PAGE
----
The QueueRead QueueWrite Asynchronous PRAM Model
 EuroPar'96 Parallel Processing, Lecture Notes in Computer Science
, 1998
"... This paper presents results for the queueread, queuewrite asynchronous parallel random access machine (qrqw asynchronous pram) model, which is the asynchronous variant of the qrqw pram model. The qrqw pram family of models, which was introduced earlier by the authors, permit concurrent reading ..."
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Cited by 23 (8 self)
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This paper presents results for the queueread, queuewrite asynchronous parallel random access machine (qrqw asynchronous pram) model, which is the asynchronous variant of the qrqw pram model. The qrqw pram family of models, which was introduced earlier by the authors, permit concurrent reading and writing to shared memory locations, but each memory location is viewed as having a queue which can service at most one request at a time. In the basic qrqw pram model each processor executes a series of reads to shared memory locations, a series of local computation steps, and a series of writes to shared memory locations, and then synchronizes with all other processors; thus this can be viewed as a bulksynchronous model. In contrast, in the qrqw asynchronous pram model discussed in this paper, there is no imposed bulksynchronization between processors, and each processor proceeds at its own pace. Thus, the qrqw asynchronous pram serves as a better model for designing and analyz...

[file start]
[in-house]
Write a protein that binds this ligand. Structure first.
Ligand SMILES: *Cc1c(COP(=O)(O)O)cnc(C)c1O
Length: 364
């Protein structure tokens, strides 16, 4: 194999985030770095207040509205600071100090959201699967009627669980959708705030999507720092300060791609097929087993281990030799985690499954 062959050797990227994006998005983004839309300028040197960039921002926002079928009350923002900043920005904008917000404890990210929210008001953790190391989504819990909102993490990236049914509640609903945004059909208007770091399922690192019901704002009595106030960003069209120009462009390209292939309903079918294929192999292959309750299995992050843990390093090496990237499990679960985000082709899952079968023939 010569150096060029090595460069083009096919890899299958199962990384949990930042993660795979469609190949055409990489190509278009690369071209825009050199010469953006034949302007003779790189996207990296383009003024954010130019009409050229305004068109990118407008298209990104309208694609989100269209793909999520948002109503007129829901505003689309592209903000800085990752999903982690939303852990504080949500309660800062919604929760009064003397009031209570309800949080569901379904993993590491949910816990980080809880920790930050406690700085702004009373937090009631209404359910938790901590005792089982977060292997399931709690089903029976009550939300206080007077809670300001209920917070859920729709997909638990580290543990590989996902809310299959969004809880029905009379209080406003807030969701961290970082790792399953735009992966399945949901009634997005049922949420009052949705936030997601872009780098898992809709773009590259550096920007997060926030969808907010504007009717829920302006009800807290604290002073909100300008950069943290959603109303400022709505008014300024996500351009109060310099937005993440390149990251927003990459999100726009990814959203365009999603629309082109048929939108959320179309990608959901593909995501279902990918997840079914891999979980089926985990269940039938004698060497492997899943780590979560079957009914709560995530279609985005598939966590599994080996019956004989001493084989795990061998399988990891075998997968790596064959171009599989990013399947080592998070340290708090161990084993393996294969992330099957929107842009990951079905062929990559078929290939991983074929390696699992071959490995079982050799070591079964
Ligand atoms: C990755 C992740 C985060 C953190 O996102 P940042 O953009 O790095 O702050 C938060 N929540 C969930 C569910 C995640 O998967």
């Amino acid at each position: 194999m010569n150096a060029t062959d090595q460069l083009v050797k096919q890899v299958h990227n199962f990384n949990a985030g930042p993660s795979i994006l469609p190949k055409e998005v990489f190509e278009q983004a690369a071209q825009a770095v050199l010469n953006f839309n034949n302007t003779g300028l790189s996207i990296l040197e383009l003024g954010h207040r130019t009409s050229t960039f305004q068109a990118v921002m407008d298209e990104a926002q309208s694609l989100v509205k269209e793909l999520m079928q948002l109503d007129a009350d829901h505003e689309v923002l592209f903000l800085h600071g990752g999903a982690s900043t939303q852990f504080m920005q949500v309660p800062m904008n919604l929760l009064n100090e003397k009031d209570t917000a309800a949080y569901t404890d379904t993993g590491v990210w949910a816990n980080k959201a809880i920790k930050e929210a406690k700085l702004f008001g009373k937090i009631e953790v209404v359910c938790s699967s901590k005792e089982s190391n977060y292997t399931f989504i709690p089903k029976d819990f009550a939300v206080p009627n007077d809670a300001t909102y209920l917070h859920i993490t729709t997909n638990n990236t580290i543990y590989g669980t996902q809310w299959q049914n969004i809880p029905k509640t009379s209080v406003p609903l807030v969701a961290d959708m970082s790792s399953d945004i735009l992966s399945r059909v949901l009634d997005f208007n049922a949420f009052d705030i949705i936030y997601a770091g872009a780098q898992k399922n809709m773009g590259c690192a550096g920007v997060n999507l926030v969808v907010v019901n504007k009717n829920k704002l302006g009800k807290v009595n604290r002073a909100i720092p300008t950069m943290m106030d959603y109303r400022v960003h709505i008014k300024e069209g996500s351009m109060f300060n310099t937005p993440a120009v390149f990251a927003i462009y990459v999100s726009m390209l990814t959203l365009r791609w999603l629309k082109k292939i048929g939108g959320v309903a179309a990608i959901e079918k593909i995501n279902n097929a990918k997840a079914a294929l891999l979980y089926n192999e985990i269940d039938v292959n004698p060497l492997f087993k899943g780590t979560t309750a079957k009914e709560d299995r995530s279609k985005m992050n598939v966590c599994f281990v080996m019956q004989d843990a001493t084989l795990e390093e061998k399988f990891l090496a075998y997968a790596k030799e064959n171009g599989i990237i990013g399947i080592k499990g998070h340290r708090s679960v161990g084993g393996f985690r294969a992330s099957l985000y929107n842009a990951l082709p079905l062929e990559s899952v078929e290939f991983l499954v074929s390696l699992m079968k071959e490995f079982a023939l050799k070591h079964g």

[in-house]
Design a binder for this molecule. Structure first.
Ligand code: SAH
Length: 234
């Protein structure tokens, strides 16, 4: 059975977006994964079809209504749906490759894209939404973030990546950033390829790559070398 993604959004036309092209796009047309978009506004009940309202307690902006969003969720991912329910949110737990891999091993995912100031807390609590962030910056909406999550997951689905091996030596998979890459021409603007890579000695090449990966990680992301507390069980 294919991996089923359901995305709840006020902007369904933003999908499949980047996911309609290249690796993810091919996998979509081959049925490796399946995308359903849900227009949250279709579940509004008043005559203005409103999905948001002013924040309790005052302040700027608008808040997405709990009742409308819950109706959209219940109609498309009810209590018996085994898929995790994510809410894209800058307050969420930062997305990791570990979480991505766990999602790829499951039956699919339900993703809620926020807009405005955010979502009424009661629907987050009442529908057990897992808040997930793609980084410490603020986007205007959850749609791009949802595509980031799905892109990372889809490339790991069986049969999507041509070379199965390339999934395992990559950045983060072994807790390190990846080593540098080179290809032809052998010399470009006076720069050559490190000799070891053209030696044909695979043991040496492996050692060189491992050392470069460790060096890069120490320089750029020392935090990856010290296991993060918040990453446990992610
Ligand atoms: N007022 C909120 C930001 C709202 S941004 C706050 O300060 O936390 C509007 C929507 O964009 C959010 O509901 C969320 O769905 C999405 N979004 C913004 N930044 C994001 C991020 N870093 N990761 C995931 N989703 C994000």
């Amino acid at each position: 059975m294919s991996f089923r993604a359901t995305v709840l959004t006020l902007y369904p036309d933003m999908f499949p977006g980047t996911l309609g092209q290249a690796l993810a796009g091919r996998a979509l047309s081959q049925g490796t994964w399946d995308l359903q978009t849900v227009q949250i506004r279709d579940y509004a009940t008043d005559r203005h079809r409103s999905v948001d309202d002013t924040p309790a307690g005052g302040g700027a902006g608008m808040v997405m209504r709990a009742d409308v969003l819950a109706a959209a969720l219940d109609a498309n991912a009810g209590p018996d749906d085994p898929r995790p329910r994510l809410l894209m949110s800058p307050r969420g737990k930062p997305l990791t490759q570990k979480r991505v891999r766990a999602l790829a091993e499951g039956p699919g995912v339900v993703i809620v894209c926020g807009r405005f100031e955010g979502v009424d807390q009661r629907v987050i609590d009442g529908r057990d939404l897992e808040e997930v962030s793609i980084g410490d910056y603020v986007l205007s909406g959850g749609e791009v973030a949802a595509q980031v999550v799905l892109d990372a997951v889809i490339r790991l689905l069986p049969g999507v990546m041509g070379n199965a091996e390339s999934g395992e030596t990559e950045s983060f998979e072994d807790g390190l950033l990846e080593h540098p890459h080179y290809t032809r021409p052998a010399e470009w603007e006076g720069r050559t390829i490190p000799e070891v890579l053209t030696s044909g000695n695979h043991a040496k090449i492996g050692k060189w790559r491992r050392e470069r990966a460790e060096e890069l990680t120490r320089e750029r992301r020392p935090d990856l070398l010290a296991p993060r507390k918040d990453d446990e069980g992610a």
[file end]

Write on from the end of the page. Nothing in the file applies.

Delayed path coupling and generating random permutations via distributed stochastic processes
, 1999
"... We analyze various stochastic processes for generating permutations almost uniformly at random in distributed and parallel systems. All our protocols are simple, elegant and are based on performing disjoint transpositions executed in parallel. The challenging problem of our concern is to prove that ..."
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Cited by 21 (3 self)
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We analyze various stochastic processes for generating permutations almost uniformly at random in distributed and parallel systems. All our protocols are simple, elegant and are based on performing disjoint transpositions executed in parallel. The challenging problem of our concern is to prove that the output configurations in our processes reach almost uniform probability distribution very rapidly, i.e. in a (low) polylogarithmic time. For the analysis of the aforementioned protocols we develop a novel technique, called delayed path coupling, for proving rapid mixing of Markov chains. Our approach is an extension of the path coupling method of Bubley and Dyer. We apply delayed path coupling to three stochastic processes for generating random permutations. For one